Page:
We evaluate bone density in our DXA (dual-energy x-ray absorptiometry) Center, the gold standard in bone density measurement. It is a safe and painless scan performed in a private, child-friendly room. Two x-ray beams, each with different levels of energy, are directed at your child’s bones. The amount of energy absorbed by the bones tells us the bone density.
At the Bone Health Program at Boston Children’s Hospital, we provide comprehensive evaluations and treatment to children and adolescents who have, or are at risk for, low bone density. We have been treating patients since 2000.
Low bone density may be associated with several medical conditions, including:
- anorexia nervosa
- cystic fibrosis
- inflammatory bowel
- treatment with long-term immune suppressants (for transplantation)
- parenteral nutrition.
Regardless of any accompanying condition your child may have, we’re here to help.
Bone density research
We’re committed to helping parents protect their children from low bone density. Boston Children’s researchers are currently investigating:
- the link between nutrition, particularly vitamin D, and bone health
- lifestyle variables that affect the development of peak bone mass
- strategies to prevent bone loss in young women suffering from eating disorders
- risk factors associated with stress fractures in female athletes
We understand that children and adolescents with low bone density have a wide variety of needs, and we strive to provide patient-focused, empathetic and compassionate care.
The division of soft tissue into fat and lean tissue, based on the patient's R-value. Body composition is sometimes referred to as tissue quantitation.
The ratio of bone mass to volume, indicating bone compactness. Bone density increases rapidly through adolescence, more slowly until age 35 and then plateaus and declines. Bone density is measured most frequently in the spine, hip, wrist, forearm and/or heel for the detection and diagnosis of osteoporosis.
The amount of mineral in a bone. Although this is different from bone density, the terms are often used interchangeably.
Bone mineral density (BMD):
The quantity calculated by dividing the measured bone mineral content by the measured bone area in a densitometry study. The bone mineral density carries units of gram per square centimeter and is most often compared to reference population values.
Dual energy X-ray absorptiometry. A type of bone density testing that uses X-rays to measure the bone density.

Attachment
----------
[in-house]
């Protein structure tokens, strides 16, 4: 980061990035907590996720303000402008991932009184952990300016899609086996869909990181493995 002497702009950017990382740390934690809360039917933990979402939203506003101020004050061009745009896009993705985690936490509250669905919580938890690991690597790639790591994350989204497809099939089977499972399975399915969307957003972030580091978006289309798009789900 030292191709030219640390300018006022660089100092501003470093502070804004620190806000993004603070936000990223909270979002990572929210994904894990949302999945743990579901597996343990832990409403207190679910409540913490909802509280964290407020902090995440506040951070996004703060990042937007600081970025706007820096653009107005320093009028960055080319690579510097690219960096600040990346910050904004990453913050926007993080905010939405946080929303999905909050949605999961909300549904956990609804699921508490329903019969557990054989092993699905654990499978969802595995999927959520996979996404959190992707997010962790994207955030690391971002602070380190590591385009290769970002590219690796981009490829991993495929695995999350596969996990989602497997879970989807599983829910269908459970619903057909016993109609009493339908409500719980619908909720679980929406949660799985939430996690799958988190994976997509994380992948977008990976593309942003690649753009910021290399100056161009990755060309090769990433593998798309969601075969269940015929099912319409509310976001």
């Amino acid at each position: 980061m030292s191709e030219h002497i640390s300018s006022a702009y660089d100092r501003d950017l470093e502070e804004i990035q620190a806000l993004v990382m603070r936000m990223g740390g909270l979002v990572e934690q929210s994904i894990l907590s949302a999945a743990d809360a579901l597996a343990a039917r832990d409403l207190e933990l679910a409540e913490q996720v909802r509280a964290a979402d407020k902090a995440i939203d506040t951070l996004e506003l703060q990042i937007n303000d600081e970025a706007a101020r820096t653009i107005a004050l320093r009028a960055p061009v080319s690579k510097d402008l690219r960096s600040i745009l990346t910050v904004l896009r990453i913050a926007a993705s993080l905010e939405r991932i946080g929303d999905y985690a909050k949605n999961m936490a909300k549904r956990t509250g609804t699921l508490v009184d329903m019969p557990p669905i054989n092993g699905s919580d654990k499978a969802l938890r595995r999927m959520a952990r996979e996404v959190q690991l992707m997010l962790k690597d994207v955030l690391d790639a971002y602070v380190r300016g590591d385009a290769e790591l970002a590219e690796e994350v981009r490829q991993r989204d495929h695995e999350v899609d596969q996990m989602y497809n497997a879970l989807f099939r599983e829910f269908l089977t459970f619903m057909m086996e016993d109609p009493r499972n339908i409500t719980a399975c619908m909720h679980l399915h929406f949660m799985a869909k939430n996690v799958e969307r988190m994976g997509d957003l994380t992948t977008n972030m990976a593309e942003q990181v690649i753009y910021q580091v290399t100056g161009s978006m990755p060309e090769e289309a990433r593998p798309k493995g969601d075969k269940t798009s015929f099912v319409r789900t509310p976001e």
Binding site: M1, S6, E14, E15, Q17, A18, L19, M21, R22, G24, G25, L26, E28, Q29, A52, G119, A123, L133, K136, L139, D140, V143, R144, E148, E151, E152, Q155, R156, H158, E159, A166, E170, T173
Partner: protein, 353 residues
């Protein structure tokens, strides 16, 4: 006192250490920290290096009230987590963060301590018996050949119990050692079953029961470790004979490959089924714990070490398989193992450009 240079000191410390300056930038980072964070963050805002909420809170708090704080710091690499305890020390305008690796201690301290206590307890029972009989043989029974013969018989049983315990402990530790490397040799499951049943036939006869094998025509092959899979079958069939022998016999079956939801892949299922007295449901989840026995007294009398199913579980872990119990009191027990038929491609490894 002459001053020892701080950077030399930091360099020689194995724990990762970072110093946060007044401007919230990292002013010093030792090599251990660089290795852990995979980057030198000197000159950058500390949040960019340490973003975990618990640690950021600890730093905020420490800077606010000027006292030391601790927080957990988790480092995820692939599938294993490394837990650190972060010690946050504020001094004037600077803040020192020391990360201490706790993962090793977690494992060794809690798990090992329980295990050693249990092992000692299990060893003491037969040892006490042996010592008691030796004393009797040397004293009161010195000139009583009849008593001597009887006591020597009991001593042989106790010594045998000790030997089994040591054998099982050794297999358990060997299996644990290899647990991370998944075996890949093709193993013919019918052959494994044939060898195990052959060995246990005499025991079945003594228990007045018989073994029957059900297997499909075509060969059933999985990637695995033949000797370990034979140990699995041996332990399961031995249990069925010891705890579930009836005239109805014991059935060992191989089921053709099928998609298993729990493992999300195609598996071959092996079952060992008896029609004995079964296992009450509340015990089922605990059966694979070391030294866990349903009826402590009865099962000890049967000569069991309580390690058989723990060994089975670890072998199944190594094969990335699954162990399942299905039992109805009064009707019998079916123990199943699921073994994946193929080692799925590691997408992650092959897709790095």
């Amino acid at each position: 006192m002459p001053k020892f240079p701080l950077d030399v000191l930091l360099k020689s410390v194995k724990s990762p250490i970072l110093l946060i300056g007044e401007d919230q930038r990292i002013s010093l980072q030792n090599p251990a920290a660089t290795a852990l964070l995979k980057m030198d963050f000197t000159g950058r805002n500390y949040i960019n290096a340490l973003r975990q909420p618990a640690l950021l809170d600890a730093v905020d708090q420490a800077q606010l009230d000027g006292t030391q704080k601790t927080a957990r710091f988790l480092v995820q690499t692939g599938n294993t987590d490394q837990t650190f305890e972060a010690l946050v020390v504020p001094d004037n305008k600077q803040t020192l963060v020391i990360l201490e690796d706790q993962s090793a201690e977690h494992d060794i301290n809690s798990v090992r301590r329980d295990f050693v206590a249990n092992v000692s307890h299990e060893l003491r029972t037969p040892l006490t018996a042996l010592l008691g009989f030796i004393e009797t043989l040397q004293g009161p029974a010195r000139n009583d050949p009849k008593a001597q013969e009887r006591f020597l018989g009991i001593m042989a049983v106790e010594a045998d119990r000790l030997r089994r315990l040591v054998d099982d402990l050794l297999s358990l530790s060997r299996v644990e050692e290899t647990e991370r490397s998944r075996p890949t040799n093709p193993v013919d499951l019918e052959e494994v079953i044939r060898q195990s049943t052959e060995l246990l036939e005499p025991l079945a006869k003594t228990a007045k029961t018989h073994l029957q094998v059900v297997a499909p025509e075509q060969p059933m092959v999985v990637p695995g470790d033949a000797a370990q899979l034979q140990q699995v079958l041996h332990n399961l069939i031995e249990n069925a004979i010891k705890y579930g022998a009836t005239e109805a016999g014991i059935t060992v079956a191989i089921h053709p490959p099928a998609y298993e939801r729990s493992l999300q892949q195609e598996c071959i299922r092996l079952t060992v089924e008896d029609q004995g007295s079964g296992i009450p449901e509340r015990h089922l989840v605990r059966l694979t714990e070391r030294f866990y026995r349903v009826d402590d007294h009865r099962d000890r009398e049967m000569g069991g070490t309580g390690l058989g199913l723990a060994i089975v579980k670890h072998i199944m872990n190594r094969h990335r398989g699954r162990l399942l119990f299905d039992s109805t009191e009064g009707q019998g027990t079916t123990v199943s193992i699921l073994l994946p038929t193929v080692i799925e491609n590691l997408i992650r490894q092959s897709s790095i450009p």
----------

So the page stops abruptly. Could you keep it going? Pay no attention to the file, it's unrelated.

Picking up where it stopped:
More info on DXA
A skeletal disorder characterized by compromised bone strength predisposing to an increased risk of fracture. Bone strength reflects the integration of two main features: bone density and bone quality. In children, osteoporosis is defined by both a low bone density measurement and evidence of skeletal fragility. (Rauch F, Plotkin H, DiMeglio L, Engelbert RH, Henderson RC, Munns C, Wenkert D, and Zeitler P (2008) Fracture prediction and the definition of osteoporosis in children and adolescents: ISCD 2007 Pediatric Official Positions. J Clin Densitometry 11:22-28
More info on osteoporosis
Peak bone mass:
A concept that bone mass has a maximal level given optimal conditions. Peak bone mass is believed to be controlled by genetic factors (age, sex and body size) and significantly impacted by environmental factors (nutrition, exercise and general health). The concept of peak bone mass is important to the study of bone disease in that if an individual achieves maximal (peak) bone mass, they may reduce the risk of serious bone loss.
DXA request form
The Dual Energy X-Ray Absorptiometry (DXA) Request Form has to be completed thoroughly by the primary care provider or the referring doctor who is requesting a bone density test on their patient. The DXA requisition is used by a doctor specializing in bone health and the technologists to help identify which skeletal scan sites will be scanned for a patient.
This test can not be performed without a DXA requisition. The order has to be completed in Power charts. We will have to cancel the patient appointment within 24 hours if the requisition is not received prior to that date.
Donate to our program
Our program relies on the kind donations of people and groups interested in supporting our work. Our research program is multidisciplinary and is dedicated to pediatric bone health.
We are fortunate to be a part of the number one pediatric hospital in New England, and one of the top hospitals in the country, with first-class physicians and researchers who explore the causes and symptoms of pediatric low bone density and new and improved treatments. Donor partnerships in our efforts are very much appreciated.
|We would like to thank The Children's Hospital League, The McCarthy Family Foundation, and Susan and John Gevertz, from Scarsdale, NY, for their continued support and partnership with the Bone Health Program.|
How to donate
- Click on the donations link.
- Click on "Make a Gift Now" (purple button in upper left).
- Click "Make a Single Gift."
- Enter gift amount.
- Under Gift to Support, select "Other" in the drop-down menu.
- In the blank field, please enter "Bone Health Program."
- Fill in additional information and click "Process My Gift. "
Boston Children's Hospital Trust
1 Autumn Street, #731
Boston, MA 02215-5301